Hound Tor, Medieval village, Greator Rocks, Becka Brook and possibly Smallacombe Rocks. Short walk
My lovely Husband likes to walk a circular route but I'm more than happy to walk somewhere and back the same way. This prevents me from getting lost 😁 and I've managed to gradually increase my confidence going a little further each time, when I'm on my own. I'm not saying I'm incompetent, but my own self belief sometimes needs a boost even though I'm now in my 40's.
One of my favourite places to do this is around Hound Tor.
Parking at the Hound Tor Car park also known as Swallerton Cross car park SX 739 792 take the path up to Hound Tor opposite.
Thought to have inspired a number of artists and writers, such as Sir Arthur Conan Doyle in his famous sherlock Holmes story The Hound of the Baskervilles, Hound Tor is a popular spot to explore.
In October 1995 one of the stacks known as ‘The Hound’ fell down. It is estimated that around 500 tons of rock toppled from the Tor so take care if clambering over the Granite.
Once you've had your fill of the views and poking around for potential Letter boxes (see the post named 'A love of Dartmoor') you can head down the other side to the abandoned Medieval Village an English Heritage site.
My children and I love it there and it always feels very welcoming even when I'm on my own with the dog (There are various ghostly anecdotes surrounding the area but we've never had anything but a pleasant time).
The deserted medieval village (SX 746 788) lies about a quarter of a mile to the south-east of the Tor. It consists of the remains of longhouses and barns which were shown to date from the 13th century, though the area may have been used for centuries before as there is a prehistoric farmstead 400 metres north-west of the settlement, and to the south are some Bronze Age hut circles.
Medieval farmers brought their animals indoors, creating the typical Dartmoor longhouse – a rectangular building in which the family lived at one end and the animals at the other. The walls were about 6 to 7 ft high and had thatched roofs. There were at least four of these longhouses at Hound Tor, each with its own barn.
To the South of the village is Greator Rocks another picturesque spot for Photos, Letterboxes and playing.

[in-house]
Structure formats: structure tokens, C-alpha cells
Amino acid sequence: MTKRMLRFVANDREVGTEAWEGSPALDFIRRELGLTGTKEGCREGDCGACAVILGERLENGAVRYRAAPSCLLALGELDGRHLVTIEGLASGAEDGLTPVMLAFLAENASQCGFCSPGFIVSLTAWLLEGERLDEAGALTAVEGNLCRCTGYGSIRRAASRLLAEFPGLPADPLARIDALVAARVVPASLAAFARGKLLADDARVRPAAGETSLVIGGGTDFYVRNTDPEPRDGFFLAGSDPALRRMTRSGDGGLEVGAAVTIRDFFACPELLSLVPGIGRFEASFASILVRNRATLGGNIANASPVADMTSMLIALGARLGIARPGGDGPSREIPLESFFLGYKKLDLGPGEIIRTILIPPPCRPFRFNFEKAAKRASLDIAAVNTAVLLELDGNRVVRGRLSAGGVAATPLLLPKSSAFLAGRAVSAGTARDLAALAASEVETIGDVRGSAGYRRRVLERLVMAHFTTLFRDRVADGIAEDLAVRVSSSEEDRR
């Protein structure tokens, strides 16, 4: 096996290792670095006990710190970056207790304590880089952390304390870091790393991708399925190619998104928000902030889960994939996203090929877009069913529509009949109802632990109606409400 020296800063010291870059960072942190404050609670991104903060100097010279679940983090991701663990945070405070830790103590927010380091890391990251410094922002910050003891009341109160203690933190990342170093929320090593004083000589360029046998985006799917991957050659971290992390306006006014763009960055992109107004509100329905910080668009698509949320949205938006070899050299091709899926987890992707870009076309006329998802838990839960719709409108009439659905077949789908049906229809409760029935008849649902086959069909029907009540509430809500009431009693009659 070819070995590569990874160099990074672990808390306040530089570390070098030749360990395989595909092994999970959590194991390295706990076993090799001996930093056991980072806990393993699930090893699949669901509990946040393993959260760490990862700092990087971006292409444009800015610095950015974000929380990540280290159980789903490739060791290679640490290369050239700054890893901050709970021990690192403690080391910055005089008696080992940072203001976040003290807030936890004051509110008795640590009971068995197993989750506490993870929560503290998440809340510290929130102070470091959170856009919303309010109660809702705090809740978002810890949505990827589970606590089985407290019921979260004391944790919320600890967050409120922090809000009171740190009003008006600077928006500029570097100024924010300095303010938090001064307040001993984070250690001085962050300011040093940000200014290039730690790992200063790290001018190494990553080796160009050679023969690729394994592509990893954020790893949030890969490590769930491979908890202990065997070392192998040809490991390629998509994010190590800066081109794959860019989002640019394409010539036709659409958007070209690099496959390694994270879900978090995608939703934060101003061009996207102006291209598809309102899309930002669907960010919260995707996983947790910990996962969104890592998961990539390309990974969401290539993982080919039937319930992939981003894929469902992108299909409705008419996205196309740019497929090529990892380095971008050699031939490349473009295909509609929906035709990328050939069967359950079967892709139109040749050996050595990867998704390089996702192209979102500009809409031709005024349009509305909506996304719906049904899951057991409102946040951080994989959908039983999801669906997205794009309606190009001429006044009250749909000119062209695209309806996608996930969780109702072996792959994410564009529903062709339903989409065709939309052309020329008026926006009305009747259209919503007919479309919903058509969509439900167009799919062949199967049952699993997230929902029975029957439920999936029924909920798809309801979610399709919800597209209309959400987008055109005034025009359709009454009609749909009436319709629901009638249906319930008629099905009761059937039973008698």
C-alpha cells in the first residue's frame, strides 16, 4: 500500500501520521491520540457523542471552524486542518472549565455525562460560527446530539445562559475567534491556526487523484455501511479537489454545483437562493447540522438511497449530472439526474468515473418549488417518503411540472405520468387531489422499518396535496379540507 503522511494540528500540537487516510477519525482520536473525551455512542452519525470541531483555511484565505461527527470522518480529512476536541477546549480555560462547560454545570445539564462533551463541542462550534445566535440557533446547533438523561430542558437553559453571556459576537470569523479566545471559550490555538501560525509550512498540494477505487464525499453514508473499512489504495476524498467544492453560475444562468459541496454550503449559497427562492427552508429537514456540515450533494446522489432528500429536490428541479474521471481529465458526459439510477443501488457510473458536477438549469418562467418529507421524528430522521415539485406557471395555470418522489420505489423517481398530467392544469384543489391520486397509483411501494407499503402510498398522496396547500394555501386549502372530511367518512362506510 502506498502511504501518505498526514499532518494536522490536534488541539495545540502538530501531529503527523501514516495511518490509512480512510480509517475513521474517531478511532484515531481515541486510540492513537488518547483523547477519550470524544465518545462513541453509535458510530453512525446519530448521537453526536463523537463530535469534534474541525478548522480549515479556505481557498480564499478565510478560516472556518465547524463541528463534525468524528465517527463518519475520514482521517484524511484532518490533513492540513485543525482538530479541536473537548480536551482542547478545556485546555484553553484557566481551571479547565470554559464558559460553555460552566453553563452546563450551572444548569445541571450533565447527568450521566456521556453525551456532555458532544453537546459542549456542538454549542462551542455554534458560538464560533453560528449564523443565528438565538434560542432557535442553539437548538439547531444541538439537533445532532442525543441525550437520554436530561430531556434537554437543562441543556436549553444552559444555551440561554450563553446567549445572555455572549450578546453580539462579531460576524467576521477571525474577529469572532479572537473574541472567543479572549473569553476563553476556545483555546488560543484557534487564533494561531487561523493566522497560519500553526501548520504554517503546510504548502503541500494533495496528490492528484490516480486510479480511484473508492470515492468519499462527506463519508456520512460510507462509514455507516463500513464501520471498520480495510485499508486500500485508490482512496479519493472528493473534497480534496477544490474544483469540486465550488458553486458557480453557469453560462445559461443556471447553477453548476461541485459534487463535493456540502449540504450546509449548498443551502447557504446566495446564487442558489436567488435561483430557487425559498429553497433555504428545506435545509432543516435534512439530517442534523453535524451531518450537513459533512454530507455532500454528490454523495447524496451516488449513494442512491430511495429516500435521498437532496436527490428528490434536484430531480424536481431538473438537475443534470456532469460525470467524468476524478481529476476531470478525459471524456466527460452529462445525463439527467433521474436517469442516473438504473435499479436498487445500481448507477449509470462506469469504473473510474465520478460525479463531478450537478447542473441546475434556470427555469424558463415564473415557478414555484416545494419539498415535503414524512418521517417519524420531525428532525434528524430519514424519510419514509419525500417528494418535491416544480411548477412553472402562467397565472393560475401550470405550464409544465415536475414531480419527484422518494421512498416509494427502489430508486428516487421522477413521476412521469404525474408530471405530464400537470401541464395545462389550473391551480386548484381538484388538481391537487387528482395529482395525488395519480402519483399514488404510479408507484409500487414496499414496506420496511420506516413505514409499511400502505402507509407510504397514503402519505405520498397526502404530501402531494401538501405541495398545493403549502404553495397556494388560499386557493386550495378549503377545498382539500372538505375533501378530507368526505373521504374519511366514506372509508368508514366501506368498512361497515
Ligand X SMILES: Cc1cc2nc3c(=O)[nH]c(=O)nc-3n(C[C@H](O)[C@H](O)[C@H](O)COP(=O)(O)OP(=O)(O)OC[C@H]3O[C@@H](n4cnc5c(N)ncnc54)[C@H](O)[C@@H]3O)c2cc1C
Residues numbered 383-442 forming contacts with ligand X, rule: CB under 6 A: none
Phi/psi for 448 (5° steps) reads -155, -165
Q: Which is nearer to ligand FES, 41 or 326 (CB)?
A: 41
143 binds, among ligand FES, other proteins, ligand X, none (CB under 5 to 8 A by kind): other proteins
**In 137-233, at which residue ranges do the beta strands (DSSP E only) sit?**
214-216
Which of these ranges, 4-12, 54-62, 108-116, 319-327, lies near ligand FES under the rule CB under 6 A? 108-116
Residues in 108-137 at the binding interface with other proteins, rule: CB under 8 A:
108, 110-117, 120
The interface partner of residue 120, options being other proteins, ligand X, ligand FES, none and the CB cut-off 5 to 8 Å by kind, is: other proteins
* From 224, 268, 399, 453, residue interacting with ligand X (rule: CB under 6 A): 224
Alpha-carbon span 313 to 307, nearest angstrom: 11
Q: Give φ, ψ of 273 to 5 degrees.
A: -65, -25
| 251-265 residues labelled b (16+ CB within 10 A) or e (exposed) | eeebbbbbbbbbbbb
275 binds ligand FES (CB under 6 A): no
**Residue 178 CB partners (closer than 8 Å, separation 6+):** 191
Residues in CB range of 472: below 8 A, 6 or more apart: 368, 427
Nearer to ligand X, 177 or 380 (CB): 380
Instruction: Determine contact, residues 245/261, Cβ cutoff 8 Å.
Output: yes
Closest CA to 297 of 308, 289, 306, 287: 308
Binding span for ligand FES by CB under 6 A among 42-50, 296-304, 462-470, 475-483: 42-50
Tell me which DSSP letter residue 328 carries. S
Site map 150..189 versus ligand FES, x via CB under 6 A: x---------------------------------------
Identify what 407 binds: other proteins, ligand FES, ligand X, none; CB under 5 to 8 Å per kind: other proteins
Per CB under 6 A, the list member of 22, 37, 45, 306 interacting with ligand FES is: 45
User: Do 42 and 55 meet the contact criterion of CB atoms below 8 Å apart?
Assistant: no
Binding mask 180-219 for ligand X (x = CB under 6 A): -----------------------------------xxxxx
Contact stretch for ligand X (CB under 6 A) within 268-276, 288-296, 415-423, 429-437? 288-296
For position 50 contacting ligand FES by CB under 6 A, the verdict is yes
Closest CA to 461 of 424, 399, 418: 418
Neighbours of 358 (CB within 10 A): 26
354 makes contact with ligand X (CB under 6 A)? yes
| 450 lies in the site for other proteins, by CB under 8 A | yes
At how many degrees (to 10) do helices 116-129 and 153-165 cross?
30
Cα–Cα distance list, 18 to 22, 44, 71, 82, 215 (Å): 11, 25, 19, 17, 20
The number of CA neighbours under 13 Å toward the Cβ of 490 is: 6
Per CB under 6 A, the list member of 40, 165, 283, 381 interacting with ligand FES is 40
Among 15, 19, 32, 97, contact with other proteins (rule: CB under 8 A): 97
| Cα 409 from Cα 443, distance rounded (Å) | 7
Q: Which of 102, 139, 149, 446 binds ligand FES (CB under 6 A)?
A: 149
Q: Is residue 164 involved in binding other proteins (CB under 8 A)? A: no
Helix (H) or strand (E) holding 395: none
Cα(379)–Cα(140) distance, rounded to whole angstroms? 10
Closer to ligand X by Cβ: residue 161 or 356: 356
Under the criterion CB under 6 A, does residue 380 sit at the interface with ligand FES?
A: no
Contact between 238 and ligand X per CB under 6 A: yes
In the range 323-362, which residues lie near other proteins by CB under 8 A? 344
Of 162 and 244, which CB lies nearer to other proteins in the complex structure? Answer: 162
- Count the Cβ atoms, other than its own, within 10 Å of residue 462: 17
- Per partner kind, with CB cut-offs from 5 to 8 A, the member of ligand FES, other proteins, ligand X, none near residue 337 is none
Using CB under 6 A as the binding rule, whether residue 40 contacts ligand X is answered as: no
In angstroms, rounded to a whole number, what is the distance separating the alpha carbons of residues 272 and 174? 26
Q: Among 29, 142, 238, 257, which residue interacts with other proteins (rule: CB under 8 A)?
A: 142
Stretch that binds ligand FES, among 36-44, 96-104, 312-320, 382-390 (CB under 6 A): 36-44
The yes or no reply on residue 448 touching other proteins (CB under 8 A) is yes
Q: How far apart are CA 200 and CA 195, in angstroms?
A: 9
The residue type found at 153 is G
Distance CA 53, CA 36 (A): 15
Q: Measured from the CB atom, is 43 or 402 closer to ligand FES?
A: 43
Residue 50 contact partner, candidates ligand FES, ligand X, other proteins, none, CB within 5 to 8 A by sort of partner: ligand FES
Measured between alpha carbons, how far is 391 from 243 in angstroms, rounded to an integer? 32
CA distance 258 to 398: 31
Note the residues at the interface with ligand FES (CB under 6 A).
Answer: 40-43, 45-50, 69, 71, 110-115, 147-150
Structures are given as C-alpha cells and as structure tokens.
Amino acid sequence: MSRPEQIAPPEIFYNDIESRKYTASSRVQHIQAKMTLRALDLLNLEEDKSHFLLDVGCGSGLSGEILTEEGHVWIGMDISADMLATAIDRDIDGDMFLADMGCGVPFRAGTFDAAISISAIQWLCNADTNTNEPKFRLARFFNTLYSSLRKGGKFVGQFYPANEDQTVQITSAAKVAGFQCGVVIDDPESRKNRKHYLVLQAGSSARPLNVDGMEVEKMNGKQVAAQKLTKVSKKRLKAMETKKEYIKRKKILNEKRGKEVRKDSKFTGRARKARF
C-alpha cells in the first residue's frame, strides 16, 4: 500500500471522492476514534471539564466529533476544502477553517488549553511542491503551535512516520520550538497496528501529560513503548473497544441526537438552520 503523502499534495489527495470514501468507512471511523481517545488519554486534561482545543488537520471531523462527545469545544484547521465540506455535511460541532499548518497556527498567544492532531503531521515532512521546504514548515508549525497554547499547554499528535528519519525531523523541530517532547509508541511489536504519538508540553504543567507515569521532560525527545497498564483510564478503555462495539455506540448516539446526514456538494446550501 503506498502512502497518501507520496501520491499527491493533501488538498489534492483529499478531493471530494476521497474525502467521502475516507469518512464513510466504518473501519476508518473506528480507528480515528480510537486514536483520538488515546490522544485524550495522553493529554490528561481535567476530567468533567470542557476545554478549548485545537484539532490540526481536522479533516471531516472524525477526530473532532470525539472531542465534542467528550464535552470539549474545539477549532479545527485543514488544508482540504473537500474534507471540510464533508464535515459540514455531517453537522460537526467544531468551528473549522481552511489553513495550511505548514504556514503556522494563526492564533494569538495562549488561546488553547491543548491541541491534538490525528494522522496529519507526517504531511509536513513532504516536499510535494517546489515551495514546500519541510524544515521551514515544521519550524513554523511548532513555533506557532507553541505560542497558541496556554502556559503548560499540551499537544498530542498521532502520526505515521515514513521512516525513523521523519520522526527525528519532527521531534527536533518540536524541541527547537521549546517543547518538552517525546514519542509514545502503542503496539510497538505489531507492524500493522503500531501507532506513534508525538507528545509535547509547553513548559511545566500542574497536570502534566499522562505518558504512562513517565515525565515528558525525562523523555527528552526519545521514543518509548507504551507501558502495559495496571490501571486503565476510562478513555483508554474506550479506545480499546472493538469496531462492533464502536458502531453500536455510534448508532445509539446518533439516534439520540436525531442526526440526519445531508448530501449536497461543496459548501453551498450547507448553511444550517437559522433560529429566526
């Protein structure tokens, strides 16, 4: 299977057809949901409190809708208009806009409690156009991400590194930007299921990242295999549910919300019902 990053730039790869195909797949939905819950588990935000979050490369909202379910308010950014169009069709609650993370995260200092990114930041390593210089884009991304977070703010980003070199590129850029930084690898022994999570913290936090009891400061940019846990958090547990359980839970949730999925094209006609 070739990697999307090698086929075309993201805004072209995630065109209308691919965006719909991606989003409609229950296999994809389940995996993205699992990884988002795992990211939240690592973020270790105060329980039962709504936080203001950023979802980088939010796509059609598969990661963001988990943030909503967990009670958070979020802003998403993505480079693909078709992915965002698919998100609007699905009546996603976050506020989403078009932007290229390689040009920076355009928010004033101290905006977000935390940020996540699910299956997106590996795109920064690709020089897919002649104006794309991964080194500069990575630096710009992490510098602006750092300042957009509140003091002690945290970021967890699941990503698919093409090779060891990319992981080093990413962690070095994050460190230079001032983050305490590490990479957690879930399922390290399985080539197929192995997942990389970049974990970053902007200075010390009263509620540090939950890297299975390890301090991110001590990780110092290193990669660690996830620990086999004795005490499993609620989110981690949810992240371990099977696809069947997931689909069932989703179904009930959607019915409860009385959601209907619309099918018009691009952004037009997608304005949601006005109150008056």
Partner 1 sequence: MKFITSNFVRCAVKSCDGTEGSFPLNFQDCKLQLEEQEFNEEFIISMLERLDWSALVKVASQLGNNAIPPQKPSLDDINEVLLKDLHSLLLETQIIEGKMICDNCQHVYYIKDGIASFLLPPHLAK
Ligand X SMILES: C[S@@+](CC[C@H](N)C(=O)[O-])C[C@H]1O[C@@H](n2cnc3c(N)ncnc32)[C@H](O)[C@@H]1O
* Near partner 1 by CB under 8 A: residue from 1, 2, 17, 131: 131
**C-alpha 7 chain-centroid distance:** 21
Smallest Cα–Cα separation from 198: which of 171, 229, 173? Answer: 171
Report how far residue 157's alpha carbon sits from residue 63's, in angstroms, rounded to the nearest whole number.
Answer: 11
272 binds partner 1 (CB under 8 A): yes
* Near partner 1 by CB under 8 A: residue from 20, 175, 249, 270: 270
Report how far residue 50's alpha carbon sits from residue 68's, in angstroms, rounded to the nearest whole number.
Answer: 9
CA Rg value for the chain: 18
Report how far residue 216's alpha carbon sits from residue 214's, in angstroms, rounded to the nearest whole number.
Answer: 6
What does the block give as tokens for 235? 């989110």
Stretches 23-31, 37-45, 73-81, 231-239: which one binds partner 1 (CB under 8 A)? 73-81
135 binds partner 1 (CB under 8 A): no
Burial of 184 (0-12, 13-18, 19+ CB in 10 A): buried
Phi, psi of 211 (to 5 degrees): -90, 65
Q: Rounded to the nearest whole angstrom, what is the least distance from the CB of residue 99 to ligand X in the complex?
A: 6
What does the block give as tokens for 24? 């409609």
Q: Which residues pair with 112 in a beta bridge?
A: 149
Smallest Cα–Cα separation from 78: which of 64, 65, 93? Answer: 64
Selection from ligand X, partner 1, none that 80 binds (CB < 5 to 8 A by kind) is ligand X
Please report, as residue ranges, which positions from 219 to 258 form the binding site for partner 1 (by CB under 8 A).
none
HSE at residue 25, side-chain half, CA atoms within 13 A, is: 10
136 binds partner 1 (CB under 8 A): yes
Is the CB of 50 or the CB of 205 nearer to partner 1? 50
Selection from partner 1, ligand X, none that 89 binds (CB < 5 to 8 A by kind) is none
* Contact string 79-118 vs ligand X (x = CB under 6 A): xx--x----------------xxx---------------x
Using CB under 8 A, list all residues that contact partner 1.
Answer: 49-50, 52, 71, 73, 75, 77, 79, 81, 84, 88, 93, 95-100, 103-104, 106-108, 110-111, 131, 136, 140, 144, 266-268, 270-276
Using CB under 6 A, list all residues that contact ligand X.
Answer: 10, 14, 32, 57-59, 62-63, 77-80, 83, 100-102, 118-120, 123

Between the Medieval settlement and Greator Rocks is a path marked on the OS map that leads down the side of the hill to Becka Brook. Head down here for a paddle but be prepared for a climb back up on your return. It is well worth the effort however, as it is extremely pretty with foot bridges and over hanging trees.
If you're feeling adventurous or have older children who are capable you can then head over the Brook and up to Smallacombe Rocks, where the dog and I like to sit quietly with a snack and a dog biscuit (for her not me). I have been know to take a book and just enjoy the peace before heading back in time for the school run (if you remember what that is, 14 weeks of home schooling during lock down has made them seem like a distant memory).
There are more hut circles here dating from the Bronze age. I love hut circles, my imagination runs away with me thinking about the huts inhabitants and what kind of existence they must have had.
When you're done with your adventure simply turn round and head back over the brook and up the hill, retracing your steps. Facing Hound Tor from Greator Rocks the foot path that leads to the left is the one I find easiest (to the right on the way there), though both sides of the Tor are worth investigating. Don't forget that Dogs should be on leads during lambing and nesting season and always under control. Take all littler home with you and if you or your youngsters get caught short that should be bagged and taken home too just like dog poo.
Enjoy your adventure.